America: God, Gold, and Golems Symbols, Allegory and Motifs
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Elijah Young ("The Revival")
In "The Revival," the Bainbridges come across an old man on their journey who seems to be on the verge of dying of illness. Days later, they discover his true identity: Elijah Young, the famous preacher they've come to see who is well-known for healing the sick and even raising the dead. He is a symbol of the healing power of God: only God could make such a decrepit man into such a powerful and charismatic speaker, and Elijah even exhibits this healing power himself, which he presumably channels from God. He also represents the fact that appearances can be deceiving.
The Hanging Chinaman ("Hundreds of Feet Below Daylight")
In "Hundreds of Feet Below Daylight," the white men force the Chinese men out of the mine by abusing and even killing them. Depicted in one of these scenes is a dead Chinese man hanging from a tree, a noose around his neck. This image is a symbol of the terrible atrocity committed by the Americans in the name of greed.
Ned Weeks ("Hundreds of Feet Below Daylight")
Ned Weeks, the former co-owner of the mine's enterprises, is a symbol for the corruption of greed. He will do anything to achieve the wealth he desires; as Mae Harper points out, he would gladly trample a roomful of babies to get to a gold nugget on the other side. In the end, Weeks goes crazy and shoots Skinny, Mae, and then himself. This tragic end symbolizes the complete and thorough corruption of a self-serving life on the human soul.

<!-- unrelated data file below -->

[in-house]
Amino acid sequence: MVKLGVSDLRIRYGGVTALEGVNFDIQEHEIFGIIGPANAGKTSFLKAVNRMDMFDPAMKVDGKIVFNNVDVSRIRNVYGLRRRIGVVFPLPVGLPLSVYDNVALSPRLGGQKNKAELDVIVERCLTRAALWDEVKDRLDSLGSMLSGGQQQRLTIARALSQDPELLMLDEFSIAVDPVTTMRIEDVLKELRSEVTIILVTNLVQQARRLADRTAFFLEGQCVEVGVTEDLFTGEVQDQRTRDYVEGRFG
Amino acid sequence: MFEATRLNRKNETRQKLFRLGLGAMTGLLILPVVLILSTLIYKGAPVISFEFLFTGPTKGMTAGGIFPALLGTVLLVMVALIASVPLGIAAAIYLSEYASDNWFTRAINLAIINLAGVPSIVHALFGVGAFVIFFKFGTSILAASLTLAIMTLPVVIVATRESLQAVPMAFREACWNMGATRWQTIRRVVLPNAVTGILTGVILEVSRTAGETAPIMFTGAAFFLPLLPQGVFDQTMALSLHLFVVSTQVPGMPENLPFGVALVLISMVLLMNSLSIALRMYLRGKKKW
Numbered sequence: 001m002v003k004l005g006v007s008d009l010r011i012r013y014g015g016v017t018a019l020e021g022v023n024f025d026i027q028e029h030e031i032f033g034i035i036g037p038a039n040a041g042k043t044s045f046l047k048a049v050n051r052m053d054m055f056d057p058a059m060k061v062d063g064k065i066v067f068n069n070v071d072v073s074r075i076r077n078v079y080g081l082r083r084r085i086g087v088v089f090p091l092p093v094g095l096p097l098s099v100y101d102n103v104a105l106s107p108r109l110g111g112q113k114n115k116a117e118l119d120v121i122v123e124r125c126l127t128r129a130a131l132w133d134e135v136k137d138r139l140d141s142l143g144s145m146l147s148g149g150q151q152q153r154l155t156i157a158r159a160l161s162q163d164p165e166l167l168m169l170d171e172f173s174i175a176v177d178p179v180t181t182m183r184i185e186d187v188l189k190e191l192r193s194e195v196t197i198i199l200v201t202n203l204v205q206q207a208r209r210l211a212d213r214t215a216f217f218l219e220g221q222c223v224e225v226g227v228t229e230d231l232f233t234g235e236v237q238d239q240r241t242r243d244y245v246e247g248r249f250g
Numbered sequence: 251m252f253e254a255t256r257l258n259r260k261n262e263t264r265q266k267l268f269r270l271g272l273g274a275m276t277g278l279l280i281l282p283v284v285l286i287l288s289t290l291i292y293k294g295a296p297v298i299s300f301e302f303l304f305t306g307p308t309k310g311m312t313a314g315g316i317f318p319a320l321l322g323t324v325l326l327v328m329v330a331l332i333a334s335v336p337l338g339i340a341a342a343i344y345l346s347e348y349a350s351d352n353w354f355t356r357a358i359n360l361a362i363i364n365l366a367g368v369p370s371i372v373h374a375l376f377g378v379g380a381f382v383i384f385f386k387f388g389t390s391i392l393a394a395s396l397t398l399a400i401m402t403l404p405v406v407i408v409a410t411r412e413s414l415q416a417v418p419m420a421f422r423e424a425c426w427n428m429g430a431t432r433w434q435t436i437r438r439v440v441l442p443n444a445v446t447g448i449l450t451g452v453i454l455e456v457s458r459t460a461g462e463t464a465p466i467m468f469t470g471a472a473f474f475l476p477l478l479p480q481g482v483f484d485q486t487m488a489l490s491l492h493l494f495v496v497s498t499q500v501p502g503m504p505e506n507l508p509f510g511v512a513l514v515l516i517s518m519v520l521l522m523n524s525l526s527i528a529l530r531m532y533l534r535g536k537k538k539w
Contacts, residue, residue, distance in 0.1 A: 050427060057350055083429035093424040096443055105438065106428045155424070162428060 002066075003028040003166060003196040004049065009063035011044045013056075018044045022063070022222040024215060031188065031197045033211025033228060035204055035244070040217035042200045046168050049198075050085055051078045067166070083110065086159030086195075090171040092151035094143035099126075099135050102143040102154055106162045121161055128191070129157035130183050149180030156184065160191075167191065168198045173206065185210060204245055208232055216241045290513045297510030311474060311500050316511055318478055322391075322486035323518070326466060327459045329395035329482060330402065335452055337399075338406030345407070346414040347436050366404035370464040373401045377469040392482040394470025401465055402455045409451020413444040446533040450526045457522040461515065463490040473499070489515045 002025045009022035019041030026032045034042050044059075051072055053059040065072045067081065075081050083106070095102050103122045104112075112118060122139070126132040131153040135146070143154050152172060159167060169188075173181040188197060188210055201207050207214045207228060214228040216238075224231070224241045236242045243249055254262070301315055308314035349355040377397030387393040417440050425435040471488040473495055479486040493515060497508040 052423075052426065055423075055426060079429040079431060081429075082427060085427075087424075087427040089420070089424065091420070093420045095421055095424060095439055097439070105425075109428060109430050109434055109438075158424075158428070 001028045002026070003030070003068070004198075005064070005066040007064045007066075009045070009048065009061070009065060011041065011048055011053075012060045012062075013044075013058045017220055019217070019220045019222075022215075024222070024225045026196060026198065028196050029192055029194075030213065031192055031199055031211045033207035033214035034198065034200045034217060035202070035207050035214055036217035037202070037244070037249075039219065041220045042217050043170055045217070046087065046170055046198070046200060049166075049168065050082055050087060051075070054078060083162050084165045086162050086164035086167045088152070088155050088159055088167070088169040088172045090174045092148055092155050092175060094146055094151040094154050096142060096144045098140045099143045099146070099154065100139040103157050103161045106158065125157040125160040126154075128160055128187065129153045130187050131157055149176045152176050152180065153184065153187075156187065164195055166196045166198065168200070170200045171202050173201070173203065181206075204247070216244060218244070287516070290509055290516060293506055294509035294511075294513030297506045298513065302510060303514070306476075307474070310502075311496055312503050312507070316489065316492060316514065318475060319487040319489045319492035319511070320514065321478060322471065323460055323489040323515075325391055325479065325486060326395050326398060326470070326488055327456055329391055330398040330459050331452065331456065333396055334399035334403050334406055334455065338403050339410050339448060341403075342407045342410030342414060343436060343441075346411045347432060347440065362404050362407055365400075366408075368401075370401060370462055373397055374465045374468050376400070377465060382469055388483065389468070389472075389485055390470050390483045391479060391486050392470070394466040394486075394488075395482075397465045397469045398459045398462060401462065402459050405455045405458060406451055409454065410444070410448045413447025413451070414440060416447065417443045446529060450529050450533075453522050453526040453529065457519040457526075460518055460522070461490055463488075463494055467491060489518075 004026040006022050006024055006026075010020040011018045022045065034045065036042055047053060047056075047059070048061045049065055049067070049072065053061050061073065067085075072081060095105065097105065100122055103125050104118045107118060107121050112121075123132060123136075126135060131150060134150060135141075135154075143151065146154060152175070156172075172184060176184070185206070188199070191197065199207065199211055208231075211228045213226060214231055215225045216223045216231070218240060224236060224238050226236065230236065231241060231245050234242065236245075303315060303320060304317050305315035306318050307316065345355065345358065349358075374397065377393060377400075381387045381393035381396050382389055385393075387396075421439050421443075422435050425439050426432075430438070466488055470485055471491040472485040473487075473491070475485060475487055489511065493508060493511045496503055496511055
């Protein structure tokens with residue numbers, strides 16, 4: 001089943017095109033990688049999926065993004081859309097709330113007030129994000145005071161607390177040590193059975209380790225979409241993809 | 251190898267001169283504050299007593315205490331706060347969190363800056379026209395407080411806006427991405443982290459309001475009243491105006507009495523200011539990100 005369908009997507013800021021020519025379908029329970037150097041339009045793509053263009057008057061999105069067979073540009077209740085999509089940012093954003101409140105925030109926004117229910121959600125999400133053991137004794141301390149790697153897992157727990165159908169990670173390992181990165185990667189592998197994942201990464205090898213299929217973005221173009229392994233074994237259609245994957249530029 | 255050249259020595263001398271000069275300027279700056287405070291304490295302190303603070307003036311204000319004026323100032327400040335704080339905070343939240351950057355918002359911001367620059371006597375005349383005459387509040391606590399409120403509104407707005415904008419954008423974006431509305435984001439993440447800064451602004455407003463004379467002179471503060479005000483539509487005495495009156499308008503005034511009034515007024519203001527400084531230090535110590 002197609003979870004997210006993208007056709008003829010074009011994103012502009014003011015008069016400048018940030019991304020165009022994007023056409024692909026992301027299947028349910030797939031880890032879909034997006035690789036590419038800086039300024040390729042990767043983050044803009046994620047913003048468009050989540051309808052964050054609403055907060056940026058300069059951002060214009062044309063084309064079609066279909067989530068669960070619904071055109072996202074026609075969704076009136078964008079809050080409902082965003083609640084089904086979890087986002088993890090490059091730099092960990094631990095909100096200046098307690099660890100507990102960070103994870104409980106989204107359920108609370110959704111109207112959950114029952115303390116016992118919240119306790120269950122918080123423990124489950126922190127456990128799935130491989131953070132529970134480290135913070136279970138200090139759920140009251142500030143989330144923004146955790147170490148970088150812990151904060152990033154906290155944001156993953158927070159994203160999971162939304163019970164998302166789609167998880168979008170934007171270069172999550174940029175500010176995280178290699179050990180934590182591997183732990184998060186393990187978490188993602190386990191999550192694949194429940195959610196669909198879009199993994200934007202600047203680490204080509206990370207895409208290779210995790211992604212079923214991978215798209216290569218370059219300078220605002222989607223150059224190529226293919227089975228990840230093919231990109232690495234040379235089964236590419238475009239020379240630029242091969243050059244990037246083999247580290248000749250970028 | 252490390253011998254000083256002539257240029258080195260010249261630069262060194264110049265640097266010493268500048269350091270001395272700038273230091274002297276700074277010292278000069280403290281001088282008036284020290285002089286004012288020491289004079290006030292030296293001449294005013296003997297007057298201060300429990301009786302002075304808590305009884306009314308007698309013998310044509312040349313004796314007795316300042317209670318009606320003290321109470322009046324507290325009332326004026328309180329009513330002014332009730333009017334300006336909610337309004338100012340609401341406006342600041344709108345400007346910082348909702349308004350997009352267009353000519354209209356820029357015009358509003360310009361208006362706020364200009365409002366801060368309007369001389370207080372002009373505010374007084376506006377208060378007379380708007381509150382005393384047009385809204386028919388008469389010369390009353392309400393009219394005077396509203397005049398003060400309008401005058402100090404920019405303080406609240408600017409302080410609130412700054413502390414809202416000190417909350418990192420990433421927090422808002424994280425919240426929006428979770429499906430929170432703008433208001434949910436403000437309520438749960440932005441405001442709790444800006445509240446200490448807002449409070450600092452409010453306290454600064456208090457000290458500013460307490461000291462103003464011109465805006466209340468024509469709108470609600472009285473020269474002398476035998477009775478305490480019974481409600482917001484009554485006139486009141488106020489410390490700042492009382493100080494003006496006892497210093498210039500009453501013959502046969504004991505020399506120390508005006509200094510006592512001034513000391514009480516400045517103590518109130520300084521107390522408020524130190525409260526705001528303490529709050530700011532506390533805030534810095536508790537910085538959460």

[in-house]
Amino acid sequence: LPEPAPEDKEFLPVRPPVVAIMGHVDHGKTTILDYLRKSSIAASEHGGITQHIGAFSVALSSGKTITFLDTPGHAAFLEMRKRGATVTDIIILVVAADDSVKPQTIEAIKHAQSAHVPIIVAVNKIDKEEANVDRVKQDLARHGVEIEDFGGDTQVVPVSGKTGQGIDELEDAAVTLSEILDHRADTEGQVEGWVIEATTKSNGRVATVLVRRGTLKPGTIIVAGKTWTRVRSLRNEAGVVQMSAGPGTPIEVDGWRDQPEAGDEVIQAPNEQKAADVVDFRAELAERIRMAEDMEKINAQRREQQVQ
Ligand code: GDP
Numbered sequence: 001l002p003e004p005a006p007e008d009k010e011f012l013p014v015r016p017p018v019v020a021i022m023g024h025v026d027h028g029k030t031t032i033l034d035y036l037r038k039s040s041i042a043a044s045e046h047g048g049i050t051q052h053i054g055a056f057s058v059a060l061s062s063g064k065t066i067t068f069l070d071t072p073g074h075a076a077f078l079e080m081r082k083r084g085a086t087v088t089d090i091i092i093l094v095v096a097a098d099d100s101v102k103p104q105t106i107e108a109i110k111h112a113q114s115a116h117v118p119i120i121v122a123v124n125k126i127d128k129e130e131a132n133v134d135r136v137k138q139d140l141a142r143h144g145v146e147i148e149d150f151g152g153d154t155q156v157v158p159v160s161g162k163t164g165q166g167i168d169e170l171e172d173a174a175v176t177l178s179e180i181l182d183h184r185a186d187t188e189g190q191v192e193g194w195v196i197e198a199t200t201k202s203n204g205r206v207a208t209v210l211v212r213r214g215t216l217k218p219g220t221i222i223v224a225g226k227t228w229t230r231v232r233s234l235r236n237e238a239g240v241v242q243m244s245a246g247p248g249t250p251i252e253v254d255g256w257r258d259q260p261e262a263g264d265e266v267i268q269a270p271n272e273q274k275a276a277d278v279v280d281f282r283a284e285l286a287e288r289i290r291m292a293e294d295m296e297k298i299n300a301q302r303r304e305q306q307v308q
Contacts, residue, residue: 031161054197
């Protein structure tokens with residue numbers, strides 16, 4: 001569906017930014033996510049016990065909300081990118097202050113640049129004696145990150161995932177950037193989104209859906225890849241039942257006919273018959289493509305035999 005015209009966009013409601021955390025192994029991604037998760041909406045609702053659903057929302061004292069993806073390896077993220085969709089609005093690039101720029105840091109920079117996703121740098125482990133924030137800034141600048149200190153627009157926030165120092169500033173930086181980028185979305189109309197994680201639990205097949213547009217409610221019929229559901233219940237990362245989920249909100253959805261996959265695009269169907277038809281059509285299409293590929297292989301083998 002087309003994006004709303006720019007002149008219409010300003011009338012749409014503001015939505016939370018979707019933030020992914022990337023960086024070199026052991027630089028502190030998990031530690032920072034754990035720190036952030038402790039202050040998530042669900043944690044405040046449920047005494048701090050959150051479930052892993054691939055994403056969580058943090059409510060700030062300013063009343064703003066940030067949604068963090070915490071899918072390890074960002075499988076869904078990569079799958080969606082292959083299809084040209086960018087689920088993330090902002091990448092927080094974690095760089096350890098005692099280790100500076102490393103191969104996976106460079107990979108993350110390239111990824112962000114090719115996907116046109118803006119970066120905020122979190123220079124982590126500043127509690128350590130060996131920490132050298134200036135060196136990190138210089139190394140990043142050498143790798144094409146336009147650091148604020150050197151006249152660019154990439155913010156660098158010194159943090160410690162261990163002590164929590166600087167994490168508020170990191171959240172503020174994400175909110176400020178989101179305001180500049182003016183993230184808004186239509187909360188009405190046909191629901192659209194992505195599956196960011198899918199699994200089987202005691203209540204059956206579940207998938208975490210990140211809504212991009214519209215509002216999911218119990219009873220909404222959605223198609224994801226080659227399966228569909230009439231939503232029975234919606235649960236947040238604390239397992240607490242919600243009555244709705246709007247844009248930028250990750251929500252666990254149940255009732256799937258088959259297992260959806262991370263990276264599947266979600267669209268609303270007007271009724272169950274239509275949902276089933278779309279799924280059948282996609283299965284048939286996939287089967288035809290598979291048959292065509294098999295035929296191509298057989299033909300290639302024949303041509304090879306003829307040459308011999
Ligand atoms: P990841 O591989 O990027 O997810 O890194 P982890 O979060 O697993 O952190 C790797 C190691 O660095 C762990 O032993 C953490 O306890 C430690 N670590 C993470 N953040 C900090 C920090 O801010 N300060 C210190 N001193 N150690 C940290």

The Golem ("The Golem's Mighty Swing")
In "The Golem's Mighty Swing," Victor Paige convinces the baseball team to dress up their biggest player, Hershl Bloom, as the Golem, a Jewish mythical creature. In Jewish tradition, the golem is a creature imbued with life by a kabbalist, but since God is the only one who can truly give life, the golem always causes harm. This story is no exception; the Golem is the one who throws the cruel pitch that causes the stadium to erupt in outrage. The Golem thus represents the greed of man made manifest into a creature that gets out of hand, proving its ultimate counter-productivity.
The Rainstorm ("The Golem's Mighty Swing")
After the Golem provokes the outrage, the Stars of David think their lives are over because of the violent mob outside their dugout. However, just in time, rain starts to fall from the sky, and it becomes clear it's not just a passing rainstorm. Because of this rain, the mob leaves to save their stuff from becoming soaked, and the team is free to leave the city unmolested. The rain symbolizes God's providence and salvation; it is the only reason the men escaped with their lives, and it parallels the Biblical story of the flood that wiped away the sinful men on Earth.
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